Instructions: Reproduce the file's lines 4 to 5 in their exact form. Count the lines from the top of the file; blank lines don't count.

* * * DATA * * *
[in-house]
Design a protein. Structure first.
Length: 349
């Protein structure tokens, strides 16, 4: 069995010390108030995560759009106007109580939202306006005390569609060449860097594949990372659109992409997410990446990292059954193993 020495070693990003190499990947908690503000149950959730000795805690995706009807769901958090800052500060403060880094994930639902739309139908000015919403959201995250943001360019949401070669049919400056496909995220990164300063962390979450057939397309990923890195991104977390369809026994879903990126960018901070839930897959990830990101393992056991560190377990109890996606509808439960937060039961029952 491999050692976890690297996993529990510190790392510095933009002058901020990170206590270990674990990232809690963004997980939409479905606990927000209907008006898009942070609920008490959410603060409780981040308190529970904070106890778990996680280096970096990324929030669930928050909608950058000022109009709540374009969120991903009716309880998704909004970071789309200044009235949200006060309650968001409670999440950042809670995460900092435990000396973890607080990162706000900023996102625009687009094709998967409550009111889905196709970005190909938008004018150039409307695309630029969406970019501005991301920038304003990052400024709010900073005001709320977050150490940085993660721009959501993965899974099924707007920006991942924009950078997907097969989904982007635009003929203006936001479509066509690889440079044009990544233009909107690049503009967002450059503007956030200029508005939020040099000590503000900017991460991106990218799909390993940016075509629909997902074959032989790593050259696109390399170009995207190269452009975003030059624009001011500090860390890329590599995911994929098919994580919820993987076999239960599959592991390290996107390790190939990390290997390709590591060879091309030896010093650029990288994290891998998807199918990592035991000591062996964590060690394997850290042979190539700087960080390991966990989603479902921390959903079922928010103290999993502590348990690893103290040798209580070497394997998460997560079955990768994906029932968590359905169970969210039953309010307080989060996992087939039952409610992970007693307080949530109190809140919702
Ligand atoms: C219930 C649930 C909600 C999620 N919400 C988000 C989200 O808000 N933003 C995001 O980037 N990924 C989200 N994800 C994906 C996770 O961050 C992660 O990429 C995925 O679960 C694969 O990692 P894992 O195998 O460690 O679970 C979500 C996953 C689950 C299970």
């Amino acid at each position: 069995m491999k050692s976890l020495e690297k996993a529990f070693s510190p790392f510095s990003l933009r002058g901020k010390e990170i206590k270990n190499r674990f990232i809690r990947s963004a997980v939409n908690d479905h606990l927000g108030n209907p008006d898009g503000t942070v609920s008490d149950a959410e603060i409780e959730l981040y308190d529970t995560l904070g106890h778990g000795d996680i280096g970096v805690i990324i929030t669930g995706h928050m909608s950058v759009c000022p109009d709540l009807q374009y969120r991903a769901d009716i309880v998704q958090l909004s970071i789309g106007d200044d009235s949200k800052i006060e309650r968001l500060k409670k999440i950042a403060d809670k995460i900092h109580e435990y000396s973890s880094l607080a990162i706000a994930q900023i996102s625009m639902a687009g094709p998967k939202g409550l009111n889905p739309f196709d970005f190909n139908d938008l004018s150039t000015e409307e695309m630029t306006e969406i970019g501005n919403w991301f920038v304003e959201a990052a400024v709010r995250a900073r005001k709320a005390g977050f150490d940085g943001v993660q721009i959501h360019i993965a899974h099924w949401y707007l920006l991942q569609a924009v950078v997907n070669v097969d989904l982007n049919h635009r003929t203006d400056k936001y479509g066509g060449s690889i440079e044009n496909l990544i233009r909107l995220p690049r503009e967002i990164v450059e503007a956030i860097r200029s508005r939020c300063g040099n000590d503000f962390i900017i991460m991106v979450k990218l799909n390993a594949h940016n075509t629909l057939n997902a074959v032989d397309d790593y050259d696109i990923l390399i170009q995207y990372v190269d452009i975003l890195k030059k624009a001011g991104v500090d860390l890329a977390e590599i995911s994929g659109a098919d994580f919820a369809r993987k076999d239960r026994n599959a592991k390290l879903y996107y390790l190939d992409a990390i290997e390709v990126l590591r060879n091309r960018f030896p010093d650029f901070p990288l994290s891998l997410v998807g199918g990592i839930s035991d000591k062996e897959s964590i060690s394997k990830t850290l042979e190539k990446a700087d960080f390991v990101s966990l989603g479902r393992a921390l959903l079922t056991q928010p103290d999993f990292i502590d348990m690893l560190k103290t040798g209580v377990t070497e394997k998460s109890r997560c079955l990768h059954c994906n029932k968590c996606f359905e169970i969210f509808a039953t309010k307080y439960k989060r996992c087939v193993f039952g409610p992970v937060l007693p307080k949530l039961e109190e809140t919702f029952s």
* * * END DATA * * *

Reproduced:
């Protein structure tokens, strides 16, 4: 069995010390108030995560759009106007109580939202306006005390569609060449860097594949990372659109992409997410990446990292059954193993 020495070693990003190499990947908690503000149950959730000795805690995706009807769901958090800052500060403060880094994930639902739309139908000015919403959201995250943001360019949401070669049919400056496909995220990164300063962390979450057939397309990923890195991104977390369809026994879903990126960018901070839930897959990830990101393992056991560190377990109890996606509808439960937060039961029952 491999050692976890690297996993529990510190790392510095933009002058901020990170206590270990674990990232809690963004997980939409479905606990927000209907008006898009942070609920008490959410603060409780981040308190529970904070106890778990996680280096970096990324929030669930928050909608950058000022109009709540374009969120991903009716309880998704909004970071789309200044009235949200006060309650968001409670999440950042809670995460900092435990000396973890607080990162706000900023996102625009687009094709998967409550009111889905196709970005190909938008004018150039409307695309630029969406970019501005991301920038304003990052400024709010900073005001709320977050150490940085993660721009959501993965899974099924707007920006991942924009950078997907097969989904982007635009003929203006936001479509066509690889440079044009990544233009909107690049503009967002450059503007956030200029508005939020040099000590503000900017991460991106990218799909390993940016075509629909997902074959032989790593050259696109390399170009995207190269452009975003030059624009001011500090860390890329590599995911994929098919994580919820993987076999239960599959592991390290996107390790190939990390290997390709590591060879091309030896010093650029990288994290891998998807199918990592035991000591062996964590060690394997850290042979190539700087960080390991966990989603479902921390959903079922928010103290999993502590348990690893103290040798209580070497394997998460997560079955990768994906029932968590359905169970969210039953309010307080989060996992087939039952409610992970007693307080949530109190809140919702
Ligand atoms: C219930 C649930 C909600 C999620 N919400 C988000 C989200 O808000 N933003 C995001 O980037 N990924 C989200 N994800 C994906 C996770 O961050 C992660 O990429 C995925 O679960 C694969 O990692 P894992 O195998 O460690 O679970 C979500 C996953 C689950 C299970």